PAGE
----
ClayFamilies.org
Promoting & Preserving The History Of Clay County Kentucky

Historic Goose Creek Salt Works Pioneer Village

The first settlement in Clay County was at the site of the Langford Salt Works. Salt was one of the most important industries in Kentucky at the time as made clear by legislative acts in the early 1800s that funded roads from the Wilderness Road to the salt works before Clay County was established.

The legislative Act of December 1806 that called for the creation of Clay County in April 1807 stipulated that the county and circuit courts would meet in the cabin of Robert Baker, which was one of the cabins situated at the Langford Works. Until the town of Manchester could be established several months later, the community around the Langford Salt Works (by then being called the “Goose Creek Salt Works” locally) would be the seat of government for the new county.


This site, the most historic in Clay County (and one of the most historic in southeast Kentucky), was located at the point where the old Warrior’s Path crossed Goose Creek at a ford (later called Gillian Ford) at the mouth of Tan Yard Branch, the stream that drained what came to be known as the “Y Hollow” in present-day East Manchester.

In 2009, the Clay County Genealogical and Historical Society with President Charles House, in concert with the City of Manchester and Mayor Carmen Lewis, established an interpretative re-creation of the little village around the salt works. The City of Manchester donated the Jesse Cotton cabin and funded the disassembling of it and two other log structures, moving them all to the site and reassembling them on site. Funds were secured by the historical society to put the structures under roof, erect fencing, and install two large interpretive signs telling the history of Clay County. Funds donated by the Baker and White families allowed for the purchase and installation of bronze signs detailing their family’s roles in the establishment of Clay County.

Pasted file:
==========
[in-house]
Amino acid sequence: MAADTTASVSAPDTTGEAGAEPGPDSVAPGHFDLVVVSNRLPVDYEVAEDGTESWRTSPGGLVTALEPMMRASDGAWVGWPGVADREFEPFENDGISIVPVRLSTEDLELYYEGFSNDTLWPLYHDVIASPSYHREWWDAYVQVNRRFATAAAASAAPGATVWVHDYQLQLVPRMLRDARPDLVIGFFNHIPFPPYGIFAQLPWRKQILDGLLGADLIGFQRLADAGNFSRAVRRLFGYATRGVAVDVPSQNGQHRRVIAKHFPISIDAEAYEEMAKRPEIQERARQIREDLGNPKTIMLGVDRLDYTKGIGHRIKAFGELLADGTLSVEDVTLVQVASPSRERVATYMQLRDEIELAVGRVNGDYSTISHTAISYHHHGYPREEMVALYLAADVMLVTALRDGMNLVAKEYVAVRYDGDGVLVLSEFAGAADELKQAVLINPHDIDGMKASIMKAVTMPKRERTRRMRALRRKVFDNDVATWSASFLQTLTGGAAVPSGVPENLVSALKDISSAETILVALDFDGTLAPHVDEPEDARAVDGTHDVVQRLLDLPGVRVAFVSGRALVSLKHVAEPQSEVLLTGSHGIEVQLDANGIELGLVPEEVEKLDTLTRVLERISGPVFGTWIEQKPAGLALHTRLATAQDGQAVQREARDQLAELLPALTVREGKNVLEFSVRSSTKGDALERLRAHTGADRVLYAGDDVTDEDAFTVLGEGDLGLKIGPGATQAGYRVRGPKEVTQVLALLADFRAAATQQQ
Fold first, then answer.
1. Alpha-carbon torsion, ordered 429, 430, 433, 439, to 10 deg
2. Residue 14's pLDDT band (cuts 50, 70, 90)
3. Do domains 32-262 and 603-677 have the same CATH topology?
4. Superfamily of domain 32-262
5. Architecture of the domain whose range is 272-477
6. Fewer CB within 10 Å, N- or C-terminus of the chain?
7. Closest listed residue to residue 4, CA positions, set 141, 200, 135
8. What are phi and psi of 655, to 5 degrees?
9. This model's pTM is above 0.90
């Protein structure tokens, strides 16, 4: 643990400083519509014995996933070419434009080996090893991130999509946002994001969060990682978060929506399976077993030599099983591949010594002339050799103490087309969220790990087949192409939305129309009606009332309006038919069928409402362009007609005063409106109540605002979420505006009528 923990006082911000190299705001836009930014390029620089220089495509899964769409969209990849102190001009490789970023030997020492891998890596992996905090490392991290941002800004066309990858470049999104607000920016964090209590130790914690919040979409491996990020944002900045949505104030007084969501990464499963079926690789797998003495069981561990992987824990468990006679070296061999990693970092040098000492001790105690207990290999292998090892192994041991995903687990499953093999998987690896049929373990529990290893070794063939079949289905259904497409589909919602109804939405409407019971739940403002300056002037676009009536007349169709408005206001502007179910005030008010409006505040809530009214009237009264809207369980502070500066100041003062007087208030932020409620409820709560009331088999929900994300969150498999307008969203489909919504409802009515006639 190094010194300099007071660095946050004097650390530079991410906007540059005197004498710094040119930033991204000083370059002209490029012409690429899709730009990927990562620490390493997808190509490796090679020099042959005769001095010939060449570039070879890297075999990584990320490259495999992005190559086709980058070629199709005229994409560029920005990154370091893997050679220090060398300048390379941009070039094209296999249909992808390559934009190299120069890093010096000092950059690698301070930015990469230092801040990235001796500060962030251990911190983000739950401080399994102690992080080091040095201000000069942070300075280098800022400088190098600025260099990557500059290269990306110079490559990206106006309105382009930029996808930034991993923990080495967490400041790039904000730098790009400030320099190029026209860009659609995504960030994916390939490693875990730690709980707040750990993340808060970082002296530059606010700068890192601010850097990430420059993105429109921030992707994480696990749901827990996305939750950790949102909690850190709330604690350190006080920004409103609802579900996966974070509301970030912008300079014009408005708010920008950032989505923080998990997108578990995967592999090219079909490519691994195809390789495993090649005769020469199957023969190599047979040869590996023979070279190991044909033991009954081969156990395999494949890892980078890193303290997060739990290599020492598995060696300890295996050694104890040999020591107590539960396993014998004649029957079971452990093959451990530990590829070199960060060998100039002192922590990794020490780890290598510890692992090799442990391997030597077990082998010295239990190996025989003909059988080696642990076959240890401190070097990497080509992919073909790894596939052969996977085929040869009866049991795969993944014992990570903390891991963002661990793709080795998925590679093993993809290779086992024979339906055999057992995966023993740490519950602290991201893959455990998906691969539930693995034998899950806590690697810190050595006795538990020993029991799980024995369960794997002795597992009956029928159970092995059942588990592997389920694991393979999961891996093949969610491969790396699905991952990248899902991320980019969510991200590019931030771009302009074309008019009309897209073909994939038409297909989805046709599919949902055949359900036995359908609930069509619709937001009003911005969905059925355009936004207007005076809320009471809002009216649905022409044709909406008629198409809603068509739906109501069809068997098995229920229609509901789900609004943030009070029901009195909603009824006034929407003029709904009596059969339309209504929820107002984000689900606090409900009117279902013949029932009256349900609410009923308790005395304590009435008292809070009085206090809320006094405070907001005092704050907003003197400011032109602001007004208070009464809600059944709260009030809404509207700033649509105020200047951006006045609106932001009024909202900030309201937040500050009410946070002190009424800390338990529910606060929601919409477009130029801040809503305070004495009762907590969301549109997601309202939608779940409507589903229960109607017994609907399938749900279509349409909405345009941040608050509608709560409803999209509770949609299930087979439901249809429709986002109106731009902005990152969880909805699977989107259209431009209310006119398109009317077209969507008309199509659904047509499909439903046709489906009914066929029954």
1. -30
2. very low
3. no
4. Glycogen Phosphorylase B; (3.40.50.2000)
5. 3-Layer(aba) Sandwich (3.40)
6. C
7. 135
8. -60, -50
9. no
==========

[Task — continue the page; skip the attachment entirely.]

The center piece of the recreated village is the Jesse Cotton Cabin, one of the oldest structures of its kind in Kentucky. It represents Robert Baker’s cabin, site of the first county government in April 1807. The Cotton cabin is estimated to be between 175 and 220 years old. Other structures donated by the White family of Manchester represent Hugh White’s store established there in 1806, quarters of slaves who made the salt, and homes of the first residents of Manchester which was named in December 1807.

Most recently, the village has been home to the annual Saltworks Appalachian Homecoming Festivals sponsored by the Stay in Clay group. The organization erected a stage that is used for concerts and plays, created parking facilities and provided landscaping for the site.

To visit the Goose Creek Salt Works Pioneer Village travel US Highway 421 to traffic signal #2 south of downtown Manchester. Turn onto the East Manchester Bridge and take the first right onto Railroad Avenue. Travel approximately ½ mile and turn right. The village will be on the left. GPS: 37.145987 -83.760894
Clay County Genealogical & Historical Society

PO Box 394, Manchester, KY 40962
Located in downtown Manchester just off Main Street in Bankers Alley behind the Clay County Public Library.
E-mail: ccgnhs@gmail.com
Phone: 606.598.5507

Hours of Operation:
The Society offices are open from 9 a.m. till 3 p.m EST Thursdays and Fridays or by special appointment.

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